Never was so much owed by so many to so few.
Winston Churchill said that about the handful of pilots who 80 years ago won the Battle of Britain. They were just 2,927 young men from 16 countries, including about 100 from Canada. They saved Britain, and in some measure saved the world. Had they failed, the day of Europe’s liberation would have been ever more distant, humanity’s bloodiest war would have gone on longer, and millions more likely would have died.
A darker history for The Many never came to pass because of The Few.
In the Pandemic War, our world has been delivered by a new group of The Few.
This year, a collection of scientists has done the certifiably miraculous, by cracking the novel coronavirus’s secret code and inventing vaccines to defeat it. Given an unprecedented challenge, they solved it in record time. It is our era’s Manhattan Project.
Thanks to their success, there’s reason to believe the virus will be beaten. Infection numbers are likely to decline and, if all goes well, COVID-19 deaths are going to become rare. An end could come to the destruction of business, trade and travel. Millions of people who otherwise might have succumbed are going to live.
Though we walk through the valley of the shadow of death, soon we will not fear this evil, for mRNA medicine is with us.
Thanks to the work of The Few, VC Day – victory over the novel coronavirus – has gone from hope, to possibility, to likelihood.
But though humanity is poised to win, it is not currently winning. And that is because, while The Few were doing the impossible, many governments were repeatedly failing to do the possible.
For example, in Canada this past summer, the National Hockey League ran a 24-team playoff, keeping hundreds of players and staff infection-free through such basic protocols as mass testing of everyone in the bubble, and everyone passing through it. Did Canada use similar methods to build a bubble around our citizens at greatest risk from COVID-19, namely residents of long-term care facilities? No.
The NHL is now preparing for a new season, with Canada’s governments of course insisting on ring-fencing protocols such as intensive testing. We are still waiting for governments to systematically take the same steps in long-term care homes, or in crowded essential workplaces such as factories and warehouses.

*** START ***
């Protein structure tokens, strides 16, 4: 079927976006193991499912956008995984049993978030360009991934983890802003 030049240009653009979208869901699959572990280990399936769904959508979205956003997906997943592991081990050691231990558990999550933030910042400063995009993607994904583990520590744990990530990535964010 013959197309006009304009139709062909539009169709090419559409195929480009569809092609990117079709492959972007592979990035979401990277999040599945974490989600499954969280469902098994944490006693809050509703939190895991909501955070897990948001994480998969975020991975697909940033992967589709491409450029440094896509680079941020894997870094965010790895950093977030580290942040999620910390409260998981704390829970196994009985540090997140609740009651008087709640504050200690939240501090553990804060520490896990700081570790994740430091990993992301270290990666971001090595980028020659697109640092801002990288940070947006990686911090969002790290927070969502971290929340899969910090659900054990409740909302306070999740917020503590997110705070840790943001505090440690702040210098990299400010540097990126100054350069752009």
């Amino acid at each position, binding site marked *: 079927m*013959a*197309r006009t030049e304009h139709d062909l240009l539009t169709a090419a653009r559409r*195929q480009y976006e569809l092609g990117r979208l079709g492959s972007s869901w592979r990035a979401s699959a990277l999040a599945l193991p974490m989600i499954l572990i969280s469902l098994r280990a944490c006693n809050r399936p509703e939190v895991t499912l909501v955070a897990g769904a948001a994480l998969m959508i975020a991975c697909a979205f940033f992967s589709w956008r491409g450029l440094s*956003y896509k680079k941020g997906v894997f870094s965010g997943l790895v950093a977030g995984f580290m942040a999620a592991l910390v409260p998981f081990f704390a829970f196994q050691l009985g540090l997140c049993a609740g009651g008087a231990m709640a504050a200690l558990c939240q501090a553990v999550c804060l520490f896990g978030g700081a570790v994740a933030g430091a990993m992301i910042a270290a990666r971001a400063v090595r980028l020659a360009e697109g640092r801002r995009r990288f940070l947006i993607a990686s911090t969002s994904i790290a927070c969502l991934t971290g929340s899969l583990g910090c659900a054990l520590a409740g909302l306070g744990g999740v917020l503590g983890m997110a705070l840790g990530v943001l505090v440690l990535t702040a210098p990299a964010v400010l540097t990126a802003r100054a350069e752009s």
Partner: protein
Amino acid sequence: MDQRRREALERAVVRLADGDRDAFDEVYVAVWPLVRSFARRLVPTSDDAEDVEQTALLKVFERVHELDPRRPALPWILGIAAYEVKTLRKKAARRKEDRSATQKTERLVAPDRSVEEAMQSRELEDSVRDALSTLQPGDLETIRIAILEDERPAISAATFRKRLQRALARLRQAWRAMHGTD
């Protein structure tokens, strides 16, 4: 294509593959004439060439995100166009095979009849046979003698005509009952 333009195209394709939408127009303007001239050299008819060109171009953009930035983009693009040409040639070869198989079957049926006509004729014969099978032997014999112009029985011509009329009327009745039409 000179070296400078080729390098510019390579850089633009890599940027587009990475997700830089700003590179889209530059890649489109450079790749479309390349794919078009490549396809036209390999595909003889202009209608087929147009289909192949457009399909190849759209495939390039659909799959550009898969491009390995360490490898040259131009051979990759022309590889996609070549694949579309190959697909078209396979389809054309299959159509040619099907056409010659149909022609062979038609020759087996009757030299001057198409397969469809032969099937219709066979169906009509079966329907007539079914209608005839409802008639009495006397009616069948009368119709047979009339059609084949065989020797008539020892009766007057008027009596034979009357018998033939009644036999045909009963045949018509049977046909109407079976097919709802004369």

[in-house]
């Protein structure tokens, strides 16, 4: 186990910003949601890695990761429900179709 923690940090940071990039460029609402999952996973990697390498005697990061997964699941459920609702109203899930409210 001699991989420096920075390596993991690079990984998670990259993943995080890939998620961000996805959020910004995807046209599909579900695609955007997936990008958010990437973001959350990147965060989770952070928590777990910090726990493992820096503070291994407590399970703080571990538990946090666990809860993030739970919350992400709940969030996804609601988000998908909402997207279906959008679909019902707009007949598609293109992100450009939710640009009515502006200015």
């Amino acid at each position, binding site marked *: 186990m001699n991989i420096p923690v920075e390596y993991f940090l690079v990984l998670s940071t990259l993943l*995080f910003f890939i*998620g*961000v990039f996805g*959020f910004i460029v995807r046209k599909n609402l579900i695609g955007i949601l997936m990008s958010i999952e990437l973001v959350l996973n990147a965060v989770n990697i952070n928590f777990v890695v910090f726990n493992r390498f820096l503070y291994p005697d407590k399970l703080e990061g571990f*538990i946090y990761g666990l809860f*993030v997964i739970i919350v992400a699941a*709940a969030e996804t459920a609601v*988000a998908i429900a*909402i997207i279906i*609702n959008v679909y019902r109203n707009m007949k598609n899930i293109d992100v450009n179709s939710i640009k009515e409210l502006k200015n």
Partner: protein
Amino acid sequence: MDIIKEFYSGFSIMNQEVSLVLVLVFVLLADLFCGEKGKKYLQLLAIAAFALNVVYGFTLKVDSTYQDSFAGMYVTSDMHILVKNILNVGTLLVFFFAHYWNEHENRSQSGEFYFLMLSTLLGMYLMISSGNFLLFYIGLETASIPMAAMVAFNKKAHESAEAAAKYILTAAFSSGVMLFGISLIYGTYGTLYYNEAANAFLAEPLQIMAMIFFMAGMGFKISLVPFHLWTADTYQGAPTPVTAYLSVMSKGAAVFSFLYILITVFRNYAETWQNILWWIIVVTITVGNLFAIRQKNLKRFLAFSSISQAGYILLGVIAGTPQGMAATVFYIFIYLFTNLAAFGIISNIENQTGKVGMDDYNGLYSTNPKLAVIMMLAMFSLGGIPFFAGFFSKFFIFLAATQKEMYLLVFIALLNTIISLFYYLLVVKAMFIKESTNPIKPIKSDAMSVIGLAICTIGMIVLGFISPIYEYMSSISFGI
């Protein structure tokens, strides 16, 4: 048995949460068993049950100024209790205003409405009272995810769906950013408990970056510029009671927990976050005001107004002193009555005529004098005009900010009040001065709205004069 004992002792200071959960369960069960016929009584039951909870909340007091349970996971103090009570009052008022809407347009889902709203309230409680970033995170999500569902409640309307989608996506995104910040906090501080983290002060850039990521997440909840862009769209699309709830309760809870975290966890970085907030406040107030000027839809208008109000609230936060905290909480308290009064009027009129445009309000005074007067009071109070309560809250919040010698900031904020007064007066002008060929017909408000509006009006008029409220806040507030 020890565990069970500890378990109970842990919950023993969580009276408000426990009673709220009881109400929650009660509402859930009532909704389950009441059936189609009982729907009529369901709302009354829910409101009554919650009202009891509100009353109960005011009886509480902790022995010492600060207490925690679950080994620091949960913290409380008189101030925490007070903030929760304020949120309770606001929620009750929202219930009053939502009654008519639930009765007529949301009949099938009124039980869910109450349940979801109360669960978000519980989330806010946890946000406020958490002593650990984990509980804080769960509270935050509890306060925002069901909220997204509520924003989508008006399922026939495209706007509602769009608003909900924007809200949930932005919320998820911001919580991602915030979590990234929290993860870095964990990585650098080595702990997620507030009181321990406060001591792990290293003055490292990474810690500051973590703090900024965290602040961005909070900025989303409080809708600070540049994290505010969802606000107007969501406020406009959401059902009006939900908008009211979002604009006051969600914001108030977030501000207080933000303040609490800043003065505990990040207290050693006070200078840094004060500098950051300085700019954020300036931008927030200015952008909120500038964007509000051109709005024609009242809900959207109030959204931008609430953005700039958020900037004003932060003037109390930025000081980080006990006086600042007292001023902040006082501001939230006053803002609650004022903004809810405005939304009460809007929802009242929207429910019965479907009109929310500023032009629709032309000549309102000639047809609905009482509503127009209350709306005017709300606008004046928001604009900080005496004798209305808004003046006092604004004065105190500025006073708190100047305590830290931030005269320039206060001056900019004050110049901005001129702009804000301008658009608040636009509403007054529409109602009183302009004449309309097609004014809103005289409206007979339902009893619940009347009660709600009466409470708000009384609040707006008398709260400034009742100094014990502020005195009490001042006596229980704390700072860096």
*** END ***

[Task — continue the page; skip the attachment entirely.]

Contact tracing should have been massively bulked up nationally; instead it is so weak that at least a third of confirmed cases are of unknown origin. And at the border, there is still little testing, whether of returning travellers or the thousands of truckers who cross into Canada each week.
But in one of this year’s many acts of security theatre, Toronto over the past week found the resources to station police officers at outdoor skating rinks, to prevent after-hours skating.
The pandemic may be this generation’s Second World War, except this time around, Canada’s answer has been neither ambitious nor insistent. Ottawa and the provinces correctly devoted hundreds of billions of dollars to paying people not to work and business not to operate. But too little effort went into solutions that might have allowed for fewer shutdowns, fewer unemployed and fewer deaths.
To fight that earlier conflict, this country put a million people under arms. It retooled its factories to make the instruments of victory. And 1940s Canada became the aerodrome of democracy, building dozens of new airports to train tens of thousands of pilots from across the Commonwealth. The Allies didn’t just shelter in place while the Manhattan Project came up with the miracle weapon.
In 2020, in contrast, Canada basically bet it all on the invention of vaccines. Their arrival is cause for celebration, not least because while awaiting them, infection minimization was left up to individual Canadians. Scant attention was paid to steps taken by countries such as South Korea, whose fatality rate is 25 times lower. If the vaccines have delays or deficiencies, we remain woefully unprepared to use alternate means to turn back the pandemic.
For The Few of vaccine science, this has been their finest hour. For governments in Canada, it has been anything but.
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